Napoleon's defeated soldiers buried in Lithuania
The remains of 18 soldiers who took part in Napoleon Bonaparte's failed invasion of Russia in 1812 have been laid to rest in Lithuania.
Their skeletons were found in 2009 by workmen outside the capital, Vilnius.
A 500,000-strong force took part in Napoleon's Russian campaign which ended in a disastrous retreat from Moscow and most died of starvation and cold.
Tens of thousands died around Vilnius and their bodies were thrown into trenches originally dug by the French.
A mass burial of 3,500 members of Napoleon's Grand Army took place in 2003 but the remains of the 18 buried on Monday were found in a different area.
It is believed the men were part of Napoleon's infantry, hussar and dragoon units.
Napoleon himself escaped from Vilnius, deserting his men, only days before Russian forces recaptured the city.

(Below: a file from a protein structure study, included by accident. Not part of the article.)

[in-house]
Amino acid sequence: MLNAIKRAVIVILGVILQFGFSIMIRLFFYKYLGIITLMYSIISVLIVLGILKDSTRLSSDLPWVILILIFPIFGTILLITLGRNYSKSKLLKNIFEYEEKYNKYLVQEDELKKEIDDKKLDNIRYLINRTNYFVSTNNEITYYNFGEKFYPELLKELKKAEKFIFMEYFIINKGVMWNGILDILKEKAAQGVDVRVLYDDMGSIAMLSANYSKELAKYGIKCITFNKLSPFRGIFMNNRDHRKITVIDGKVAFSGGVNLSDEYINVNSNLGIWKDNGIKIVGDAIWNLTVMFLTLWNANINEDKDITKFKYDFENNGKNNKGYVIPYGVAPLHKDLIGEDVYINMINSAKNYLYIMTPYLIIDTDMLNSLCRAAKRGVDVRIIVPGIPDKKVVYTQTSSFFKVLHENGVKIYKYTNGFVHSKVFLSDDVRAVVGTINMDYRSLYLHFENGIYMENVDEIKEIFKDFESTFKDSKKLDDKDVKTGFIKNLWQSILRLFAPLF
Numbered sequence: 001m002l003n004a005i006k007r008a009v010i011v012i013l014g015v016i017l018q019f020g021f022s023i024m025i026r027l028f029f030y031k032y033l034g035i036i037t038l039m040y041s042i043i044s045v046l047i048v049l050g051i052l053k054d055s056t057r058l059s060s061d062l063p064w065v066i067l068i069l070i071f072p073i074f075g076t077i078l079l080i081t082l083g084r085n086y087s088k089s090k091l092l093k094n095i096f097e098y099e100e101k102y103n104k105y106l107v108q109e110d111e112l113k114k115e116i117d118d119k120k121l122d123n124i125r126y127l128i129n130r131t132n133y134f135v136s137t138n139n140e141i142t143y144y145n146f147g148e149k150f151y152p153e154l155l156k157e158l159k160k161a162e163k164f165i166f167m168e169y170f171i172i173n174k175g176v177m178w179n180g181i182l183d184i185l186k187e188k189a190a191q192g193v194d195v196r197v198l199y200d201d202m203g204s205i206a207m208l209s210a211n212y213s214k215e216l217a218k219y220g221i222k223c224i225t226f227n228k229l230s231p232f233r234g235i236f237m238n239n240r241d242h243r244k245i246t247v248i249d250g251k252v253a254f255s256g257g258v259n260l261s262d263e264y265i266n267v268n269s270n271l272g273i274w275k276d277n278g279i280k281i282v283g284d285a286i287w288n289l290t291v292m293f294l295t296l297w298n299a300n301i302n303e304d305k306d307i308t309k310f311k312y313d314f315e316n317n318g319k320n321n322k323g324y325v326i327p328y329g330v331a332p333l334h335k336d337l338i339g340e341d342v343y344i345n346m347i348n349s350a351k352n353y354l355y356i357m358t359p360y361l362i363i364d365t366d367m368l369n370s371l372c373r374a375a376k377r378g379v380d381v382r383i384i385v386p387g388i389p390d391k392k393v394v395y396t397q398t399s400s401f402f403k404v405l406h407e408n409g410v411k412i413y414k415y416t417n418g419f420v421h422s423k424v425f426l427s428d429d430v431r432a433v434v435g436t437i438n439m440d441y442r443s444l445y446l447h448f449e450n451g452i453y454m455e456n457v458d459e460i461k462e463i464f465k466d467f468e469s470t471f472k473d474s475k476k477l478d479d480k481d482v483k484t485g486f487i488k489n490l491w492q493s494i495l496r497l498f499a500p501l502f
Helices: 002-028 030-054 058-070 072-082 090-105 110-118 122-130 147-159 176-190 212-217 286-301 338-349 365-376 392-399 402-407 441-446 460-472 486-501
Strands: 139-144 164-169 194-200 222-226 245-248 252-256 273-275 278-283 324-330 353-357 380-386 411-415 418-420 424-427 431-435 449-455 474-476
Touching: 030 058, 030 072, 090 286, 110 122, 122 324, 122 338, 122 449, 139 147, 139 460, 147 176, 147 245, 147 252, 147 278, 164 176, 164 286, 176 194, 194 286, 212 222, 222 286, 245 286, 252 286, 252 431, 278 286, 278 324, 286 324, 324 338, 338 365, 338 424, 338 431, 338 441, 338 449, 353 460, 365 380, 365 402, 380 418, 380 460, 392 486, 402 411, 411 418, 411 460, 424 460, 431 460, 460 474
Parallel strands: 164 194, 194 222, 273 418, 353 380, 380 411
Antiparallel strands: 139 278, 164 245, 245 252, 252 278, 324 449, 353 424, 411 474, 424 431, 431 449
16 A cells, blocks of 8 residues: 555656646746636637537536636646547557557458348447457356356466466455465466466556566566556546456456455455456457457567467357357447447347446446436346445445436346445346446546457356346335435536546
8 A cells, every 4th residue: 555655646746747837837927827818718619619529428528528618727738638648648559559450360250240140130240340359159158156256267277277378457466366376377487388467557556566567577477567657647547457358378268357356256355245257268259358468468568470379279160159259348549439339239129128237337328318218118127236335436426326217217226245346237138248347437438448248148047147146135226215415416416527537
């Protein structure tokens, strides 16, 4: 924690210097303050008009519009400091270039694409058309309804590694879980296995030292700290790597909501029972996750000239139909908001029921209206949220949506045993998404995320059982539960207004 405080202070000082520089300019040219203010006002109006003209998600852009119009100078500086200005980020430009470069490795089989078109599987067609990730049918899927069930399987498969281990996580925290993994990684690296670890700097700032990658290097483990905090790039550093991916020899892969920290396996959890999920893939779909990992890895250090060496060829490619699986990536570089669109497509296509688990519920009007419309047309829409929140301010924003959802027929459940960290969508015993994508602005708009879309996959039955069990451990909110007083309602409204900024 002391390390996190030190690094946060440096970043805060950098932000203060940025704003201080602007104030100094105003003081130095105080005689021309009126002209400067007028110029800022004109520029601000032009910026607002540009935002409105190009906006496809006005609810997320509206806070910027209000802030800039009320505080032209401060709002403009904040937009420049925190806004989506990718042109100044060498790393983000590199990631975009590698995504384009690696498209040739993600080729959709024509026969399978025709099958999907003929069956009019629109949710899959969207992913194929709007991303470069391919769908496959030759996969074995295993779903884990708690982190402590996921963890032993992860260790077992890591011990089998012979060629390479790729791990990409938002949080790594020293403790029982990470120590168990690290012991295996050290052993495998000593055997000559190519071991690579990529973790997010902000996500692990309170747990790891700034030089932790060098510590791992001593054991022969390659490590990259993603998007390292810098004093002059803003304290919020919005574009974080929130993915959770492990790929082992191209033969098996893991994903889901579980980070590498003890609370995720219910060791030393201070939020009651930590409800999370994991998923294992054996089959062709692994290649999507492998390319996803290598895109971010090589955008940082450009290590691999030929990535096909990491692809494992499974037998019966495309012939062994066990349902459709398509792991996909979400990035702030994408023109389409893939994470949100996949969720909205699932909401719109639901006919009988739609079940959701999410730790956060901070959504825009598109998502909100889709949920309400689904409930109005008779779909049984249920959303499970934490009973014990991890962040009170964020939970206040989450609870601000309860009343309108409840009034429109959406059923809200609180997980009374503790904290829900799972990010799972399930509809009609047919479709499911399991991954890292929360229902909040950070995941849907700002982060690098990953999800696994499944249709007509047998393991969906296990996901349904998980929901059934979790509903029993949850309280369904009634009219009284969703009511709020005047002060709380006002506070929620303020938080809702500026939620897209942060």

Because the ground was frozen, Russian troops were unable to dig graves for their dead counterparts and threw their corpses into trenches.
The ceremony took place at a cemetery close to Vilnius and was attended by a small number of diplomats, officials and soldiers from both France and Lithuania.
One of the most celebrated figures in history, Napoleon Bonaparte rose throughout the French military and crowned himself emperor 1804.
Although his expansive military campaigns were eventually defeated, he revolutionised military organisation and training and brought about reforms that permanently influenced civil institutions in France and throughout Europe.